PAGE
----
Housing development during modernism was a means of emancipation which not only offered many people a healthy and comfortable home environment for the first time, but also helped them gain independence from private landlords and the related interests.
Three developments are introduced here. The first two, the Mainfeld und Nordweststadt housing complexes in Frankfurt, have a very different planning history even though they are located in the same city and were built at almost the same time. The Nordweststadt was designed according to the principle of the spatial city (Raumstadt) and enjoyed intensive reception (the responsible planners were Walter Schwagenscheidt and Tassilo Sittmann), while the Mainfeld complex was created without any claim to great design and now comprises ten tower blocks, with one offering sheltered housing to elderly people, three belonging to groups of apartment owners, and six accommodating only social housing units. Both settlements were financially supported by the program “Soziale Stadt” (Social City) and are popular with their residents. While the continued existence of the much larger Nordweststadt with its roughly 7,000 apartments was never called into question, after the Soziale Stadt funding for the Mainfeld complex ran out, the idea arose to tear down the high-rises with social housing and replace them with buildings facilitating a more socially mixed residential structure. Only after extended protests by the residents and a new mayor were the demolition plans abandoned, and the buildings are now being renovated. These two housing developments illustrate the different ways of dealing with the heritage of modernist housing, which in many cases attests to a strong ignorance on the part of the involved planners, architects, and owners. Yet the two examples also show that negative perception in specialist discourse is slowly changing and that developments which were especially carefully designed tend to experience a new wave of appreciation, although the differences in perception on the part of the residents are much less evident.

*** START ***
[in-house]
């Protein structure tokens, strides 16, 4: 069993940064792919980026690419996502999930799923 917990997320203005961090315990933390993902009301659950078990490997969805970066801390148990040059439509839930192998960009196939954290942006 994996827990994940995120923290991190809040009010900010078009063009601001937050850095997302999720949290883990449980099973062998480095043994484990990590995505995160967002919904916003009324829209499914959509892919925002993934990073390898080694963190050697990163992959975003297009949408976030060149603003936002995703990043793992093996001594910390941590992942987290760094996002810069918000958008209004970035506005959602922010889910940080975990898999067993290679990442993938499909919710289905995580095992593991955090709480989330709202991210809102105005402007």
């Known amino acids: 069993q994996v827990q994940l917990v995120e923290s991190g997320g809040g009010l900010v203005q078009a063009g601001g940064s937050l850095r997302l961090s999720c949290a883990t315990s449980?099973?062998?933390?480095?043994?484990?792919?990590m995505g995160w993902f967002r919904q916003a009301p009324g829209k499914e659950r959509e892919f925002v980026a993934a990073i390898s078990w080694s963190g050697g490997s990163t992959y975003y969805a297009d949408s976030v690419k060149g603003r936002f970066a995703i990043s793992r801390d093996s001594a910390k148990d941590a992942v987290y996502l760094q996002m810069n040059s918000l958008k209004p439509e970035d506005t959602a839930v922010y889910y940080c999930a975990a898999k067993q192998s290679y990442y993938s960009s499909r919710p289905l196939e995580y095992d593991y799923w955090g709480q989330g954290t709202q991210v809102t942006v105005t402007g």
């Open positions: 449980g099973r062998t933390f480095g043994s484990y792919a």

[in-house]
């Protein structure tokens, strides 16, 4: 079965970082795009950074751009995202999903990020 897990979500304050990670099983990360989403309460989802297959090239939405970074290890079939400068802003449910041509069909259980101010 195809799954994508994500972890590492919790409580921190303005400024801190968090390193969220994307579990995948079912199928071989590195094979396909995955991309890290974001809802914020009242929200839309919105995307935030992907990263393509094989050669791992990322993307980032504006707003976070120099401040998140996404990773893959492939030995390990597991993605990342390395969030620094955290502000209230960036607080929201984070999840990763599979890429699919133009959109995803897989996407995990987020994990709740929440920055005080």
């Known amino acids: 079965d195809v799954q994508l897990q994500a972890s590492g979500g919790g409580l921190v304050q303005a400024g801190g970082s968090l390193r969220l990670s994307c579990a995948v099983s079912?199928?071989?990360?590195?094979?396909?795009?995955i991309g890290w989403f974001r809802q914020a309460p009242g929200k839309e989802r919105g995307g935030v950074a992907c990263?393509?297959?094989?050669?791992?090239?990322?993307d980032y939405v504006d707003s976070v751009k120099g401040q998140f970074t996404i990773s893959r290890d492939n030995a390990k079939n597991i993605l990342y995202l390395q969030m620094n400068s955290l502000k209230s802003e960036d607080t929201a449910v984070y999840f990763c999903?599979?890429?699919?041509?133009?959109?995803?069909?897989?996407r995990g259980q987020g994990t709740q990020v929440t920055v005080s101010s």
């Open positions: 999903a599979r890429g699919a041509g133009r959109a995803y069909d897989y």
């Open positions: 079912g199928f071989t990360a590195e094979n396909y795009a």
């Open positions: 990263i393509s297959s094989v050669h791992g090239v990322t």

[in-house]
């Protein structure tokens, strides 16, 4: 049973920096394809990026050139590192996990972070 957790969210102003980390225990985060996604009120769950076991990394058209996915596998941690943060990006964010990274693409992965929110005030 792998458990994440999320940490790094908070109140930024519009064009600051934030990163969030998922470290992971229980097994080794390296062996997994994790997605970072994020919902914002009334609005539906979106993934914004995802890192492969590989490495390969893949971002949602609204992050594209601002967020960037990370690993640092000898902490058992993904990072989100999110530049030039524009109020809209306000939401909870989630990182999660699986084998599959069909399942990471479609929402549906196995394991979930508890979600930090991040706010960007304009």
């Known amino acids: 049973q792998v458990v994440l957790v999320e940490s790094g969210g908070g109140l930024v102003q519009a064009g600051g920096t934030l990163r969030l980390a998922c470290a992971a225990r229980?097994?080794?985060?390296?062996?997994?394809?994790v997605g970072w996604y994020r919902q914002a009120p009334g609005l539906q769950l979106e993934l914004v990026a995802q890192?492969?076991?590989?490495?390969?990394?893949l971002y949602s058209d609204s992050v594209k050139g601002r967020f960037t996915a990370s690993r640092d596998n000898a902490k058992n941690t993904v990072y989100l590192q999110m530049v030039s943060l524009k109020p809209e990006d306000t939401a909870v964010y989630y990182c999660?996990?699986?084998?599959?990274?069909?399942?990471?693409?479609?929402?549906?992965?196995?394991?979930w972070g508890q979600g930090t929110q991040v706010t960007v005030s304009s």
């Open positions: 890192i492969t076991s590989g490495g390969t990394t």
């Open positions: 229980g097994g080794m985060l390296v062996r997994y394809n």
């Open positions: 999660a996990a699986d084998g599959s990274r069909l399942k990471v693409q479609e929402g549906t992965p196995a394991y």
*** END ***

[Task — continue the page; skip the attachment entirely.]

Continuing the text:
The Trellick Tower in London is introduced as a third example. This case involves a single building that attained a very poor reputation shortly after its completion. Yet in contrast to many large modernist housing developments, today Trellick Tower is in high demand and is considered to be strongly gentrified, which does not really equate to reality. Trellick Tower thus exemplarily represents a whole series of social housing buildings in London that were planned by the London County Council and have become popular icons today. The popularity of Trellick Tower is, among other factors, based on the social agenda it embodies, fostered by the London municipal government in the postwar period. Despite the fact that social-democratic interventions today are often perceived as prescriptive, Trellick Tower’s popularity shows that they are not necessarily considered flawed, even by financially sound residents who are not reliant upon support from the social state.
Maren Harnack, Prof. Dr.-Ing. studied architecture, urban design and social sciences in Stuttgart, Delft and London. After working at TU Darmstadt and at HafenCity University Hamburg where she received her doctorate under Michael Koch and Martina Löw in 2010. Maren Harnack is currently teaching Urban Design at Frankfurt University of Applied Sciences. With Marion Tvrtkovic she is a founding member of the urban design practice and consultancy urbanorbit and has been involved in various research projects funded by the German government and the Wüstenrot Foundation.